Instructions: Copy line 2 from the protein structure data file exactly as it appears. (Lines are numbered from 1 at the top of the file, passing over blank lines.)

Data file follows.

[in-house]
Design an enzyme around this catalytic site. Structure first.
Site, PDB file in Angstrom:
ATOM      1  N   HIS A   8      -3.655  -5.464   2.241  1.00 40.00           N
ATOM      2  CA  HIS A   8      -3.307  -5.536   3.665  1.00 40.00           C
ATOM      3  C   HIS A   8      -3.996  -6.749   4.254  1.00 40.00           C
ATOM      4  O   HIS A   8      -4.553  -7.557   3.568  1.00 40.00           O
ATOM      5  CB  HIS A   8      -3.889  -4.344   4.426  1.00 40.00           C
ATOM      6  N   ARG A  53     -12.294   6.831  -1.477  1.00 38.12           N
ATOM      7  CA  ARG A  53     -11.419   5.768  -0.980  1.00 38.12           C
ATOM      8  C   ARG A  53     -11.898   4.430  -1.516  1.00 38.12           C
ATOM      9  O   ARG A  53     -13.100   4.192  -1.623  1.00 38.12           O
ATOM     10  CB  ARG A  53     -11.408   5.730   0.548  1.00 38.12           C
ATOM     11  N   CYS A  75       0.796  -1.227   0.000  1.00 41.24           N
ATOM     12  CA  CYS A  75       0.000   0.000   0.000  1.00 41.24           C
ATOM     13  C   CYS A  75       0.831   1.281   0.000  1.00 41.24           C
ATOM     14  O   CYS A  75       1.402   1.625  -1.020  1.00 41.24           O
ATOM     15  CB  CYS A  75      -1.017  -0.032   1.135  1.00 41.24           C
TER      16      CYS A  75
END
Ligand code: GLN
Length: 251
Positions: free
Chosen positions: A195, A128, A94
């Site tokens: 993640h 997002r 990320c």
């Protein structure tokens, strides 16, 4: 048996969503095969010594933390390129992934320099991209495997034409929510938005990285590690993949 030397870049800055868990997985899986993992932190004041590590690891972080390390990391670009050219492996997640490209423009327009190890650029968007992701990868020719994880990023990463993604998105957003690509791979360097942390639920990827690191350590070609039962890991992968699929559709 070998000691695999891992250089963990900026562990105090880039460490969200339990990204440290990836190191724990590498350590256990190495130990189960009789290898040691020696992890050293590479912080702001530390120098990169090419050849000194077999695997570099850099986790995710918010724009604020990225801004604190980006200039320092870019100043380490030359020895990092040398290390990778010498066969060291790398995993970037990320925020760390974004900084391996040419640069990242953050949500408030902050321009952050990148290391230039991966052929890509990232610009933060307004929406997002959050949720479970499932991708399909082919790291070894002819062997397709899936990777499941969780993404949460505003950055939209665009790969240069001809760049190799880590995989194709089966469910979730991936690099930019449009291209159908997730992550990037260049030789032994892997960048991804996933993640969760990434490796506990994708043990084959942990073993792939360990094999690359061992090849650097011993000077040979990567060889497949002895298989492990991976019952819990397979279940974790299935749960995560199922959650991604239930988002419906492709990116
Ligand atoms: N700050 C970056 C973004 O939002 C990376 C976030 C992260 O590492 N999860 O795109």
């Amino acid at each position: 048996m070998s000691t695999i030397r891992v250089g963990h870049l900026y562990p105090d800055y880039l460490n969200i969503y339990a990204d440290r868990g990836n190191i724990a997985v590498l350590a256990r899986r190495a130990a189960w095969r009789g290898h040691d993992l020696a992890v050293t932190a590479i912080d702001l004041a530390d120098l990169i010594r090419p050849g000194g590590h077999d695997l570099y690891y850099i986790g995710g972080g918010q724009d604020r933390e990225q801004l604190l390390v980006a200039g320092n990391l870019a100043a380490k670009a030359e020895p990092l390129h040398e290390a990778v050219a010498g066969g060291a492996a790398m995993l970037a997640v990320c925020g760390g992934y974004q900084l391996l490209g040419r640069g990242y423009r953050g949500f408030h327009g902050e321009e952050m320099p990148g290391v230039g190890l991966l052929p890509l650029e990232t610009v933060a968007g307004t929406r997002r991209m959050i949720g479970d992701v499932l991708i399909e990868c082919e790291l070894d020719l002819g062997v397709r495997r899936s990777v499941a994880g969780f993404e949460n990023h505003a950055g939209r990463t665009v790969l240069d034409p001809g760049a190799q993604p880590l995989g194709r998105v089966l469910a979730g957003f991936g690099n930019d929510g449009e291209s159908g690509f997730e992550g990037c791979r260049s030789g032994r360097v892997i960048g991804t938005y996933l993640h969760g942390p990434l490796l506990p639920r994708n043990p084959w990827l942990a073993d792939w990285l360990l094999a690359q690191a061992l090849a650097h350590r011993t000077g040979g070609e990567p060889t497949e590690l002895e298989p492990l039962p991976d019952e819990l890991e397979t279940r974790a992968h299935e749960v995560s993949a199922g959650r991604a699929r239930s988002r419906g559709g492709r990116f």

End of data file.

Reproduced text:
Design an enzyme around this catalytic site. Structure first.